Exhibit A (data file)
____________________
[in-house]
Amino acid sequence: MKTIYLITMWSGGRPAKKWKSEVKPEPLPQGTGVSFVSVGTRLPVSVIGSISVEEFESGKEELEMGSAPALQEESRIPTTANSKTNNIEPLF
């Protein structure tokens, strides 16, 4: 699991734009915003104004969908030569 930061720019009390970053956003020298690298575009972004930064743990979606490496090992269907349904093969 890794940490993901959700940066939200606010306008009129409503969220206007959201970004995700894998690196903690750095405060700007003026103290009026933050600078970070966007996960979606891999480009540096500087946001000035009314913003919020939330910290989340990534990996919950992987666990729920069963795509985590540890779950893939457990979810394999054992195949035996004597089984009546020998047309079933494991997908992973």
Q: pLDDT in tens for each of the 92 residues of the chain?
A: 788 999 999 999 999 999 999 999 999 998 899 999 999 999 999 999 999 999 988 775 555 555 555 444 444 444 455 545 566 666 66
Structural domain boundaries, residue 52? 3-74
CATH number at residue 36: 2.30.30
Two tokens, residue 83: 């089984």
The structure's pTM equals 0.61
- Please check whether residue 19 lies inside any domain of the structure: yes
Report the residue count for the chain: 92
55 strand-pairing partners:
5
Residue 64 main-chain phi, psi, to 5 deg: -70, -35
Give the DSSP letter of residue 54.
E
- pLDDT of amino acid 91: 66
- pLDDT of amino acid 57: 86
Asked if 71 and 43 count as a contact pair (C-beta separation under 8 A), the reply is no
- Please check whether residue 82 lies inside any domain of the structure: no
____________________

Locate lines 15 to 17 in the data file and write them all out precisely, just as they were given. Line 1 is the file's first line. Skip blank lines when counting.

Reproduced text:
Give the DSSP letter of residue 54.
E
- pLDDT of amino acid 91: 66